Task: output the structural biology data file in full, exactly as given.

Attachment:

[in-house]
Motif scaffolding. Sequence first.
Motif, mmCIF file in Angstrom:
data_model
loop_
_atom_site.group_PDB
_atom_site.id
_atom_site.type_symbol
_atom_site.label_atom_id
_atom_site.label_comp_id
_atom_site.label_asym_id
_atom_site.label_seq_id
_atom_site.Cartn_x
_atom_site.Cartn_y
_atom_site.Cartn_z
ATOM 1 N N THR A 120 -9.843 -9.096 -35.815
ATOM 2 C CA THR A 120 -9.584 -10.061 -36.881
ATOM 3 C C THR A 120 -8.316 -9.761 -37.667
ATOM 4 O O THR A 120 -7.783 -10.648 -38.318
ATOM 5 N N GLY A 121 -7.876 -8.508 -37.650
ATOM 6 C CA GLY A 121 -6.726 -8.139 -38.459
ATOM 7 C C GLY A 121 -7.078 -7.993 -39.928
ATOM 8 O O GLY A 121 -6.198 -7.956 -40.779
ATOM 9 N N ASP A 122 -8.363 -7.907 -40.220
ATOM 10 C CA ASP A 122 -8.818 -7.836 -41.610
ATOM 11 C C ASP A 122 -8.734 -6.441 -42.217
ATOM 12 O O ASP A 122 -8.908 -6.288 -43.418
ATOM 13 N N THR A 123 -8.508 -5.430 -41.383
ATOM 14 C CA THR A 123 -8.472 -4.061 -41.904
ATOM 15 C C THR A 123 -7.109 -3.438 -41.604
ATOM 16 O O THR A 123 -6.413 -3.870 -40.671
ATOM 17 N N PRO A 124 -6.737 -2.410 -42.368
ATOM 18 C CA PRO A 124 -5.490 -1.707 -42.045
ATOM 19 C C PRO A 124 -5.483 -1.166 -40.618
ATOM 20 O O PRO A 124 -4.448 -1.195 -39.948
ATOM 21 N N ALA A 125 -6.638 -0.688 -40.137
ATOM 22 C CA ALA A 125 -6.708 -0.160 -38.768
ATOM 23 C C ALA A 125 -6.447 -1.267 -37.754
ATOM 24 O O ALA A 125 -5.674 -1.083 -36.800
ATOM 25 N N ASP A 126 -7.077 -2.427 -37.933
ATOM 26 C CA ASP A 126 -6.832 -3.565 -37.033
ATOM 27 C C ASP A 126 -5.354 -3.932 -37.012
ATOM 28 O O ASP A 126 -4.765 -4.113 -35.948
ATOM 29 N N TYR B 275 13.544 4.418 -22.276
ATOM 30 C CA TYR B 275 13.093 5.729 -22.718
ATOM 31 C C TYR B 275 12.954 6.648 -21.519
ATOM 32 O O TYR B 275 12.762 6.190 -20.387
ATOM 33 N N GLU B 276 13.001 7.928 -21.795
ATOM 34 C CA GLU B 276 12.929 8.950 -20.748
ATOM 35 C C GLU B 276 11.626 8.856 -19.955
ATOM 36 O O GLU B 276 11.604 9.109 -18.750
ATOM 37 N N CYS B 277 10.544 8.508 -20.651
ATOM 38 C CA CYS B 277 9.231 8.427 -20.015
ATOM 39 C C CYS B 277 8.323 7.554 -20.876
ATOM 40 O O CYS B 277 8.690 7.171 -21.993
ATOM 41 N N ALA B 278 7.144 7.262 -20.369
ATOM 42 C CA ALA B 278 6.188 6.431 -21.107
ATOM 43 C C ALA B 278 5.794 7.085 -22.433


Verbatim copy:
[in-house]
Motif scaffolding. Sequence first.
Motif, mmCIF file in Angstrom:
data_model
loop_
_atom_site.group_PDB
_atom_site.id
_atom_site.type_symbol
_atom_site.label_atom_id
_atom_site.label_comp_id
_atom_site.label_asym_id
_atom_site.label_seq_id
_atom_site.Cartn_x
_atom_site.Cartn_y
_atom_site.Cartn_z
ATOM 1 N N THR A 120 -9.843 -9.096 -35.815
ATOM 2 C CA THR A 120 -9.584 -10.061 -36.881
ATOM 3 C C THR A 120 -8.316 -9.761 -37.667
ATOM 4 O O THR A 120 -7.783 -10.648 -38.318
ATOM 5 N N GLY A 121 -7.876 -8.508 -37.650
ATOM 6 C CA GLY A 121 -6.726 -8.139 -38.459
ATOM 7 C C GLY A 121 -7.078 -7.993 -39.928
ATOM 8 O O GLY A 121 -6.198 -7.956 -40.779
ATOM 9 N N ASP A 122 -8.363 -7.907 -40.220
ATOM 10 C CA ASP A 122 -8.818 -7.836 -41.610
ATOM 11 C C ASP A 122 -8.734 -6.441 -42.217
ATOM 12 O O ASP A 122 -8.908 -6.288 -43.418
ATOM 13 N N THR A 123 -8.508 -5.430 -41.383
ATOM 14 C CA THR A 123 -8.472 -4.061 -41.904
ATOM 15 C C THR A 123 -7.109 -3.438 -41.604
ATOM 16 O O THR A 123 -6.413 -3.870 -40.671
ATOM 17 N N PRO A 124 -6.737 -2.410 -42.368
ATOM 18 C CA PRO A 124 -5.490 -1.707 -42.045
ATOM 19 C C PRO A 124 -5.483 -1.166 -40.618
ATOM 20 O O PRO A 124 -4.448 -1.195 -39.948
ATOM 21 N N ALA A 125 -6.638 -0.688 -40.137
ATOM 22 C CA ALA A 125 -6.708 -0.160 -38.768
ATOM 23 C C ALA A 125 -6.447 -1.267 -37.754
ATOM 24 O O ALA A 125 -5.674 -1.083 -36.800
ATOM 25 N N ASP A 126 -7.077 -2.427 -37.933
ATOM 26 C CA ASP A 126 -6.832 -3.565 -37.033
ATOM 27 C C ASP A 126 -5.354 -3.932 -37.012
ATOM 28 O O ASP A 126 -4.765 -4.113 -35.948
ATOM 29 N N TYR B 275 13.544 4.418 -22.276
ATOM 30 C CA TYR B 275 13.093 5.729 -22.718
ATOM 31 C C TYR B 275 12.954 6.648 -21.519
ATOM 32 O O TYR B 275 12.762 6.190 -20.387
ATOM 33 N N GLU B 276 13.001 7.928 -21.795
ATOM 34 C CA GLU B 276 12.929 8.950 -20.748
ATOM 35 C C GLU B 276 11.626 8.856 -19.955
ATOM 36 O O GLU B 276 11.604 9.109 -18.750
ATOM 37 N N CYS B 277 10.544 8.508 -20.651
ATOM 38 C CA CYS B 277 9.231 8.427 -20.015
ATOM 39 C C CYS B 277 8.323 7.554 -20.876
ATOM 40 O O CYS B 277 8.690 7.171 -21.993
ATOM 41 N N ALA B 278 7.144 7.262 -20.369
ATOM 42 C CA ALA B 278 6.188 6.431 -21.107
ATOM 43 C C ALA B 278 5.794 7.085 -22.433